(Australian Associated Press)
The Reserve Bank foresees bank cards going completely digital at some point and is pondering how it should react.
Cards “seem increasingly likely to be electronic payment credentials that are pushed out electronically to digital devices such as phones and wearables, as opposed to pieces of plastic that are mailed out in the post,” the RBA says in a new paper on retail payment regulations.
“The functionality offered by a card will no longer be largely fixed for the several years between issuance of physical cards, but will be able to be changed regularly reflecting innovation by schemes, issuers, mobile phone operators and others,” the RBA writes.
The central bank said it is concerned that future digital cards would only work with the international Visa and Mastercard debit functionality, rather than being dual-network cards that work with eftpos.
The RBA is trying to promote least-cost routing, where merchants are able to choose to route transactions via whichever of the two networks on the card costs them less to accept, to maintain competition between networks.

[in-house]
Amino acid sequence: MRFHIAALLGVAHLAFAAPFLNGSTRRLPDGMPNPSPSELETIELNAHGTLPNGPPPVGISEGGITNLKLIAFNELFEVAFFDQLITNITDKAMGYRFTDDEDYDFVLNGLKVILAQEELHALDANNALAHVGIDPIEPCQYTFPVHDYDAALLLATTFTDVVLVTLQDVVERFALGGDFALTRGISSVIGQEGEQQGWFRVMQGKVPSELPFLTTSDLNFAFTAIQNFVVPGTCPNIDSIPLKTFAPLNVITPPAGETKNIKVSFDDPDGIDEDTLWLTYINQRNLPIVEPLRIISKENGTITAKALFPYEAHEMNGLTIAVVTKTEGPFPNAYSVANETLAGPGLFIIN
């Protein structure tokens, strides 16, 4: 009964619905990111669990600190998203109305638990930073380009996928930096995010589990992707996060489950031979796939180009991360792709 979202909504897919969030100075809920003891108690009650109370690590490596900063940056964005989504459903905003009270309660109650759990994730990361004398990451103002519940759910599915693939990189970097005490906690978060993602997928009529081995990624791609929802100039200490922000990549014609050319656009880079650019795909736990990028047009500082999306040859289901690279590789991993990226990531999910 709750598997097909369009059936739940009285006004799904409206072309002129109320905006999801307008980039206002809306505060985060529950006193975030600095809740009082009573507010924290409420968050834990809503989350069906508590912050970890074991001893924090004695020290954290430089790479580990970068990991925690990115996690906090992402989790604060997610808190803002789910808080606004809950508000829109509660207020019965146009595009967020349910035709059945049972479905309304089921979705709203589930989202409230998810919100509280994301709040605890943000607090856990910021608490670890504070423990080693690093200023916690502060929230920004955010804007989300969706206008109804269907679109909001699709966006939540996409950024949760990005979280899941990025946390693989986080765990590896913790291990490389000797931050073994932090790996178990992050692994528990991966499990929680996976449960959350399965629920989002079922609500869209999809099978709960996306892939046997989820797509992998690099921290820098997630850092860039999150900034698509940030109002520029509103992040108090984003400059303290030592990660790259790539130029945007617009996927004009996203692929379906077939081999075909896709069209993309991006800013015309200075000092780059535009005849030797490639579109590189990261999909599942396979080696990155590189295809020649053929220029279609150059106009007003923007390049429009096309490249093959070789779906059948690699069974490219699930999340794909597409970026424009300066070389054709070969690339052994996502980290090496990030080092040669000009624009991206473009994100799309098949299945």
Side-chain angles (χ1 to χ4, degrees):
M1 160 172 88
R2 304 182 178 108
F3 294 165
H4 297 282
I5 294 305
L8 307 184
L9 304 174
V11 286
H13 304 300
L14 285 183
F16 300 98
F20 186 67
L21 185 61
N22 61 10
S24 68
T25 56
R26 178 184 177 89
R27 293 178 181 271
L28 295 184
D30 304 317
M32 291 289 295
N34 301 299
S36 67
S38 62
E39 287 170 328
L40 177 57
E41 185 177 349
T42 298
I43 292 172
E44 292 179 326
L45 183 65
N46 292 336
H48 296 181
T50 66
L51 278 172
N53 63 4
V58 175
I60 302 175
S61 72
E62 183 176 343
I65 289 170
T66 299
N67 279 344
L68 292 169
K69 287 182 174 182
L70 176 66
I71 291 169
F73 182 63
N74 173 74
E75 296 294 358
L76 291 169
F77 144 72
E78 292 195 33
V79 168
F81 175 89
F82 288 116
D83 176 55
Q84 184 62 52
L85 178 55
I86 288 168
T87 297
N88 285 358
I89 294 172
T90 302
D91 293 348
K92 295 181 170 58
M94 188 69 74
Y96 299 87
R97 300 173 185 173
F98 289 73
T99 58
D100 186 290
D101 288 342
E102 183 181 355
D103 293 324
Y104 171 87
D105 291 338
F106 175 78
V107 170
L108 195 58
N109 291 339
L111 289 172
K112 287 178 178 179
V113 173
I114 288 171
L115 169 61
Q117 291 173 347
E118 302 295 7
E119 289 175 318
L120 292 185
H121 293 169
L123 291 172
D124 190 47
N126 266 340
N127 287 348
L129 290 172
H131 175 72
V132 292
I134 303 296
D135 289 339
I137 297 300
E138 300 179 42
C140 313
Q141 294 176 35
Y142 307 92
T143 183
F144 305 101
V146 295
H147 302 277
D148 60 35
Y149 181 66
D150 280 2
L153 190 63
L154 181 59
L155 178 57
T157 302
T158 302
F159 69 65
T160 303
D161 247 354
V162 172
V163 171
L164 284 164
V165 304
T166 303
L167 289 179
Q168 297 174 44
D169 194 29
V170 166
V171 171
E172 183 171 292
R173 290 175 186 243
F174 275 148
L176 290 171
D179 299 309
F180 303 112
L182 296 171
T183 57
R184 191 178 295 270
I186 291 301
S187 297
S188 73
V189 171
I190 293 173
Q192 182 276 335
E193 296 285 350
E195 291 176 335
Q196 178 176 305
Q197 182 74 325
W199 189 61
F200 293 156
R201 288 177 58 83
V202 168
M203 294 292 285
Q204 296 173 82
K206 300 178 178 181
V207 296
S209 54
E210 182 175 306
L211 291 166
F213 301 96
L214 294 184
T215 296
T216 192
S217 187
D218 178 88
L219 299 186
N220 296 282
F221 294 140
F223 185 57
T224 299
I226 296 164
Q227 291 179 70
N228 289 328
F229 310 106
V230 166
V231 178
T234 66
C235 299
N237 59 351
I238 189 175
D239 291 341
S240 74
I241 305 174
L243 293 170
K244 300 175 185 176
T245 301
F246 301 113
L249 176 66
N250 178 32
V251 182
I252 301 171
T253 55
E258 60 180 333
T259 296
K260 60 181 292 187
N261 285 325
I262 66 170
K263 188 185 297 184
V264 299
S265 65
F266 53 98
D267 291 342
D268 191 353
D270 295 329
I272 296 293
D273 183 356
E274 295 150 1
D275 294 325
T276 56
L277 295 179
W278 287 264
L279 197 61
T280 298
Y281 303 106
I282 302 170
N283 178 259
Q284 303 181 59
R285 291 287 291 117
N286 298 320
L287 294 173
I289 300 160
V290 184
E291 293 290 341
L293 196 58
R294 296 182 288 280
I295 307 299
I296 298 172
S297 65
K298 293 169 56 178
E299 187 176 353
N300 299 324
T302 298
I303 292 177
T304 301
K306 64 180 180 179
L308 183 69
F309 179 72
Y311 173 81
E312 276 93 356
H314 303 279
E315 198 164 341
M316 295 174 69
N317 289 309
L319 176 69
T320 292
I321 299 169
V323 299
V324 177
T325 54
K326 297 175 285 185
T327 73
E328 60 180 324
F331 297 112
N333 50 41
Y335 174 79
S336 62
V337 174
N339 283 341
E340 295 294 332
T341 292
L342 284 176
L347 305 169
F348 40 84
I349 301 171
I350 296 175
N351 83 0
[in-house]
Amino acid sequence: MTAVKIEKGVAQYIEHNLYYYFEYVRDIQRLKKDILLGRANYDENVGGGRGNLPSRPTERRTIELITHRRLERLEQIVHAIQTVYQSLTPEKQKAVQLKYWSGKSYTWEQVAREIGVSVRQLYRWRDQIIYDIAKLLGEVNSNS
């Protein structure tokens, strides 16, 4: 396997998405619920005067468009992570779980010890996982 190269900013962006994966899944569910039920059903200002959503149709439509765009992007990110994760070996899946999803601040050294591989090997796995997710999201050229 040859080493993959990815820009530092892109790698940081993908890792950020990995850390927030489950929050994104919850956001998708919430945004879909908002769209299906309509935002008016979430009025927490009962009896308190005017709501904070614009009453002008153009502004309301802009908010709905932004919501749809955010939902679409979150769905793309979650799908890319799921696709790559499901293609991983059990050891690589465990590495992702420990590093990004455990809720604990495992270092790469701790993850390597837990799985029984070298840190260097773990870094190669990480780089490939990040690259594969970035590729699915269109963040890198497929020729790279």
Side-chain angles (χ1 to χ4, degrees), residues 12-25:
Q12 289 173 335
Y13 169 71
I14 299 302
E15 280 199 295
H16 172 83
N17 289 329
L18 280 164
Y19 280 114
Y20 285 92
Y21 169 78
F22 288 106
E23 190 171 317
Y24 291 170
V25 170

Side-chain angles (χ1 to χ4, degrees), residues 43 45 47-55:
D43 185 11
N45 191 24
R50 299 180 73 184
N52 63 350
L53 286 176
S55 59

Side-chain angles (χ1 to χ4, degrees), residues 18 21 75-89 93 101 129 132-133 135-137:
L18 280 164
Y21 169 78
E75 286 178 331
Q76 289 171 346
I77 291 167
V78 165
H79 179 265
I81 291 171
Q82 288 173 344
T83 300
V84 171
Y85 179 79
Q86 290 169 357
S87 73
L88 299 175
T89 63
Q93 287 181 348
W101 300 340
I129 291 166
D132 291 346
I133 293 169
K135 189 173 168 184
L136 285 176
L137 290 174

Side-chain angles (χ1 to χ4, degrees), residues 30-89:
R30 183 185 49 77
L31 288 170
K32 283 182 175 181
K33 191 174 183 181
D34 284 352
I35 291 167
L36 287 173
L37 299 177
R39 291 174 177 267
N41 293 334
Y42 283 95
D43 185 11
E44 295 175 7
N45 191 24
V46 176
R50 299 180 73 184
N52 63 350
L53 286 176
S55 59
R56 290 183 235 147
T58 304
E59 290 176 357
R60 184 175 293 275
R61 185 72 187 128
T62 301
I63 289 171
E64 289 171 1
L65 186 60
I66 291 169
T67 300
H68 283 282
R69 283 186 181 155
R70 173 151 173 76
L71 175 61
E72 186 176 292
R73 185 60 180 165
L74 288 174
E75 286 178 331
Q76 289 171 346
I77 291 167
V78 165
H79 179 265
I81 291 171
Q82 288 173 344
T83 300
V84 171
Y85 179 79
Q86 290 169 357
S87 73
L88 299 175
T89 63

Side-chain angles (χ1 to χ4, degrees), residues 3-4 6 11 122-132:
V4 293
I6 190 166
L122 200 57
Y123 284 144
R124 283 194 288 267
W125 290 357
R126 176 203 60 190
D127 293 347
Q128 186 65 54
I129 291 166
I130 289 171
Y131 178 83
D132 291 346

“For most merchants, payments via eftpos can be significantly cheaper for them to accept than payments via the international schemes,” the RBA writes.
The bank says that if digital single-network bank cards were to become more prominent, it might need to take more steps to encourage dual-network cards.
Some banks are not that committed to dual-network cards, with smaller issuers finding it costly to enable two different scheme networks on physical cards or in mobile wallets, the RBA says.
“Indeed, when issuers have introduced new functionality – such as enabling Apple Pay for cardholders – they have often done so first for an international scheme, with no firm plans for also enabling eftpos,” the RBA says.
The 36-page briefing paper asks stakeholders a number of questions about whether there’s any gaps in how it regulates the payment card sector.
In 2018/2019, Australians made 10 billion card payments for a total value of $678 billion, and accepting these payments cost Australian merchants $4.3 billion in fees, the RBA says.
The briefing also notes the rise in buy now, pay later services such as Afterpay, and asks whether policymakers should require these services to remove any no-surcharge rules they impose on merchants.
These services cost merchants around three to six per cent per transaction, and most buy now, pay later providers have rules forbidding them from passing on those costs to customers, the RBA says.